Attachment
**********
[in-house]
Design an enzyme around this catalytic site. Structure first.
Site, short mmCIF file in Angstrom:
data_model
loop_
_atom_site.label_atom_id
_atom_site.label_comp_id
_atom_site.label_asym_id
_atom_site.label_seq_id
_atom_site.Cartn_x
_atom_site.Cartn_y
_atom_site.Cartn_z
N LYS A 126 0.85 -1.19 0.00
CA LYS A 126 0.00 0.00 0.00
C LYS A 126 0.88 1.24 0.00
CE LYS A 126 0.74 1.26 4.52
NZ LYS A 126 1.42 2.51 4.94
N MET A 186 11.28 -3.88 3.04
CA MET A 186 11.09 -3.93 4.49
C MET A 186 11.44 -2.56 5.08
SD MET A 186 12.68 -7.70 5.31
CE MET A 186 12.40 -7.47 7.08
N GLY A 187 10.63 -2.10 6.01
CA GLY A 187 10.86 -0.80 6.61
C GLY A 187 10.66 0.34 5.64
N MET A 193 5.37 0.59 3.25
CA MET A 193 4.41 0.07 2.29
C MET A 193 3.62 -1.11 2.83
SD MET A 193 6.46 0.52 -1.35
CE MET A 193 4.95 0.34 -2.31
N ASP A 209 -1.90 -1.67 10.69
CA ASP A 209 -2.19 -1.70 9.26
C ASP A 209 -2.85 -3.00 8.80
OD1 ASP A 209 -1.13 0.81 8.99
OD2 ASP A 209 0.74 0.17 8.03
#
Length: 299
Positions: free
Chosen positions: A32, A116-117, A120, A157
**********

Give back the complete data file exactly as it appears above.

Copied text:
[in-house]
Design an enzyme around this catalytic site. Structure first.
Site, short mmCIF file in Angstrom:
data_model
loop_
_atom_site.label_atom_id
_atom_site.label_comp_id
_atom_site.label_asym_id
_atom_site.label_seq_id
_atom_site.Cartn_x
_atom_site.Cartn_y
_atom_site.Cartn_z
N LYS A 126 0.85 -1.19 0.00
CA LYS A 126 0.00 0.00 0.00
C LYS A 126 0.88 1.24 0.00
CE LYS A 126 0.74 1.26 4.52
NZ LYS A 126 1.42 2.51 4.94
N MET A 186 11.28 -3.88 3.04
CA MET A 186 11.09 -3.93 4.49
C MET A 186 11.44 -2.56 5.08
SD MET A 186 12.68 -7.70 5.31
CE MET A 186 12.40 -7.47 7.08
N GLY A 187 10.63 -2.10 6.01
CA GLY A 187 10.86 -0.80 6.61
C GLY A 187 10.66 0.34 5.64
N MET A 193 5.37 0.59 3.25
CA MET A 193 4.41 0.07 2.29
C MET A 193 3.62 -1.11 2.83
SD MET A 193 6.46 0.52 -1.35
CE MET A 193 4.95 0.34 -2.31
N ASP A 209 -1.90 -1.67 10.69
CA ASP A 209 -2.19 -1.70 9.26
C ASP A 209 -2.85 -3.00 8.80
OD1 ASP A 209 -1.13 0.81 8.99
OD2 ASP A 209 0.74 0.17 8.03
#
Length: 299
Positions: free
Chosen positions: A32, A116-117, A120, A157